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  1. Providencia divina y valor ontológico de los singulares: la polémica filosófica tardoantigua y la posición de Orígenes y de Nemesio de Émesa.Francisco Bastitta-Harriet - 2012 - Patristica Et Medievalia 33:37-50.
    El presente trabajo se concentra en el debate acerca de los alcances de la providencia que tuvo lugar entre las escuelas estoica, platónica y peripatética entre las siglos I y III de nuestra era. En ese contexto, analiza el problema del status ontológico de los singulares en Orígenes de Alejandría y Nemesio de Émesa. Influidos primariamente por la síntesis filoniana entre las distintas teorías griegas de providencia y la de las Escrituras, estos autores fundan la consistencia de los singulares en (...)
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  2. Brill’s Companion to the Reception of Plato in Antiquity.Harold Tarrant, Danielle A. Layne, Dirk Baltzly & François Renaud (eds.) - 2017 - Leiden: Brill.
    31 chapters covering the Old Academy to Late Antiquity. See attached TOC.
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  3. The Imprint of the Soul: Psychosomatic Affection in Plato, Gorgias, and the “Orphic” Gold Tablets.Phillip Sidney Horky - 2006 - Mouseion 3 (6):383-398.
    Ancient intellectuals from Gorgias of Leontini forward employed the notion of 'imprinting' the soul in order to describe various sorts of psychic affections. The dominant context for this scientific language remains juridical both in 4th Century philosophy (e.g. Plato's description of the soul being whipped in the Gorgias) and in religion (e.g. the soul's imprint as keyword in "Orphic" Gold Tablets). This tradition continues in the fragments of Plutarch's de Libidine et Aegritudine, although without proper attention to its origins in (...)
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Galen
  1. Nota Sobre Galeno, a Noção de Saúde e o Debate Mésdico-Filosófico sobre a Causalidade.Flavio Fontenelle Loque - 2009 - Archai: Revista de Estudos Sobre as Origens Do Pensamento Ocidental 3:59-68.
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  2. Lo strabismo dello storico (fra gli antichi e noi). Intervista teorico-biografica. A cura di Marco Solinas.Mario Vegetti & Marco Solinas - 2008 - Iride: Filosofia e Discussione Pubblica 21 (3):529-568.
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  3. Galen's Critique of Rationalist and Empiricist Anatomy.Christopher E. Cosans - 1997 - Journal of the History of Biology 30 (1):35 - 54.
    This article explores Galen's analysis of and response to the Rationalist and Empiricist medical sects. It argues that his interest in their debate concerning the epistemology of medicine and anatomy was key to his advancement of an experimental methodology.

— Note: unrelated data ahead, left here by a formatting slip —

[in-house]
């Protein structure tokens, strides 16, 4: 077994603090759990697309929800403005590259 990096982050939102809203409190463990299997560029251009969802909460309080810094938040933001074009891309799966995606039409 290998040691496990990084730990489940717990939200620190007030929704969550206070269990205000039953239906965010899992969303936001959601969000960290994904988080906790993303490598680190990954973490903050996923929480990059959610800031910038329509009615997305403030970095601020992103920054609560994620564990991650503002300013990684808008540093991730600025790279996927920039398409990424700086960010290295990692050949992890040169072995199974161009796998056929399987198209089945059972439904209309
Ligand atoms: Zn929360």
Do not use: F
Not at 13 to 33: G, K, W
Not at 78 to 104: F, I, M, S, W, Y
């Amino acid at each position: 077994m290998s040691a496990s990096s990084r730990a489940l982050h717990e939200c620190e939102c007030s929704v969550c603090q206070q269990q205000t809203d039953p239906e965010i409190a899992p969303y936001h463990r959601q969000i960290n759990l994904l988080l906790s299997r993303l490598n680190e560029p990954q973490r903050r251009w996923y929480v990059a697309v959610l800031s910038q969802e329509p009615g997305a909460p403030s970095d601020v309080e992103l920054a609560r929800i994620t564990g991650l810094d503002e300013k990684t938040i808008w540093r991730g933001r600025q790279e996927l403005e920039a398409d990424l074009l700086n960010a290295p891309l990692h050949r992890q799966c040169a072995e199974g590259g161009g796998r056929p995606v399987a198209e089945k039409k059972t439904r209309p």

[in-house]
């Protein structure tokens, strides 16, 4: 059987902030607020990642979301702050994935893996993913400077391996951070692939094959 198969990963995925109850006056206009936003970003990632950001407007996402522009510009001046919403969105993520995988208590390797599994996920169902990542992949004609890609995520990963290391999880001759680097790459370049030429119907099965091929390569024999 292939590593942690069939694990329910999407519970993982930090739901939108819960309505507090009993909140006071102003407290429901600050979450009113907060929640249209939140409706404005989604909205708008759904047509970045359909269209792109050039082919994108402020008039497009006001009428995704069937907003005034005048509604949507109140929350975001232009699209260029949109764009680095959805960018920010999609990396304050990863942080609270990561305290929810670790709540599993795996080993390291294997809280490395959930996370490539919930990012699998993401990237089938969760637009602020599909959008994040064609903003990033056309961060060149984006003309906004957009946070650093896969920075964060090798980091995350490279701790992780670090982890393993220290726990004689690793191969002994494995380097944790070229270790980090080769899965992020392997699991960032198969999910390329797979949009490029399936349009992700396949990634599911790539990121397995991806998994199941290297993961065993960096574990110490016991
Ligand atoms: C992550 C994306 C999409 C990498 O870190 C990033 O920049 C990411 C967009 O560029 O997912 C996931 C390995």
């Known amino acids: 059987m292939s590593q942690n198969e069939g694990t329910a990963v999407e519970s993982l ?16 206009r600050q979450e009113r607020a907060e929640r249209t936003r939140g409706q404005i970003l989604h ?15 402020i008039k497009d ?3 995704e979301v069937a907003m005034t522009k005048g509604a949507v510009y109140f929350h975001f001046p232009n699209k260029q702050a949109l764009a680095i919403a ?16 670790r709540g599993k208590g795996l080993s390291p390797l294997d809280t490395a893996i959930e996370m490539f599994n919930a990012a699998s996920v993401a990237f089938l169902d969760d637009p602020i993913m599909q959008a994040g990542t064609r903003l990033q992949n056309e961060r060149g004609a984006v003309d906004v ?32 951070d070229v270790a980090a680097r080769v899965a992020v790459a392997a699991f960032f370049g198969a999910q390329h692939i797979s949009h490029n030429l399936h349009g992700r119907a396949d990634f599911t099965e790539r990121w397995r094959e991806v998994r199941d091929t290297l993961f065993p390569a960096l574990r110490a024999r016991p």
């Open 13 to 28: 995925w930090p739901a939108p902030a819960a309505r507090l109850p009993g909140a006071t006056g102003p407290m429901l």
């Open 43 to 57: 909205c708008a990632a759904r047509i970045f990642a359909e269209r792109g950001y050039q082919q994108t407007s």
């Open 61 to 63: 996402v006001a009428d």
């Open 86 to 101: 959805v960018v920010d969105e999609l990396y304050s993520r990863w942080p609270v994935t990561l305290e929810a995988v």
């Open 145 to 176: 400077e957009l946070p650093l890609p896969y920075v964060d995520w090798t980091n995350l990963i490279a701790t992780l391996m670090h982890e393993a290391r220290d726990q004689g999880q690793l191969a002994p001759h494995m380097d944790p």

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Philo
  1. Cosmic Spiritualism Among the Pythagoreans, Stoics, Jews, and Early Christians.Phillip Sidney Horky - 2019 - In Cosmos in the Ancient World. Cambridge, UK: pp. 270-94.
    This paper traces how the dualism of body and soul, cosmic and human, is bridged in philosophical and religious traditions through appeal to the notion of ‘breath’ (πνεῦμα). It pursues this project by way of a genealogy of pneumatic cosmology and anthropology, covering a wide range of sources, including the Pythagoreans of the fifth century BCE (in particular, Philolaus of Croton); the Stoics of the third and second centuries BCE (especially Posidonius); the Jews writing in Hellenistic Alexandria in the first (...)
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  2. La tradición platónica acerca de los principios en Orígenes de Alejandría.Francisco Bastitta-Harriet - 2012 - Dianoia 57 (68):141-164.
    El presente trabajo se propone rastrear la influencia de la tradición platónica Acerca de los primeros principios, en sus diversas formulaciones, sobre la filosofía de Orígenes de Alejandría. La lectura origeniana de los autores platónicos y su afinidad con ellos se confirman en las fuentes históricas. El alejandrino adopta y asimila numerosos aspectos de la doctrina y la terminología de los seguidores de Platón. Sin embargo, también toma distancia de ellos en algunos puntos neurálgicos de su concepción de lo divino (...)
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Plutarch
  1. Plutarch's Epicurean Justification of Religious Belief.Jason W. Carter - 2018 - Journal of the History of Philosophy 56 (3):385-412.
    In his dialogue, 'Non posse suaviter vivi secundum Epicurum', Plutarch of Chaeronea criticizes Epicurus for not believing that the gods are provident over human affairs and for not believing that our souls survive death. However, Plutarch’s arguments are striking in that they do not offer any theoretical justification for believing either of these religious claims to be true; rather, they aim to establish that we are practically justified in adopting them if we follow Epicurus’s rule that the goal of belief (...)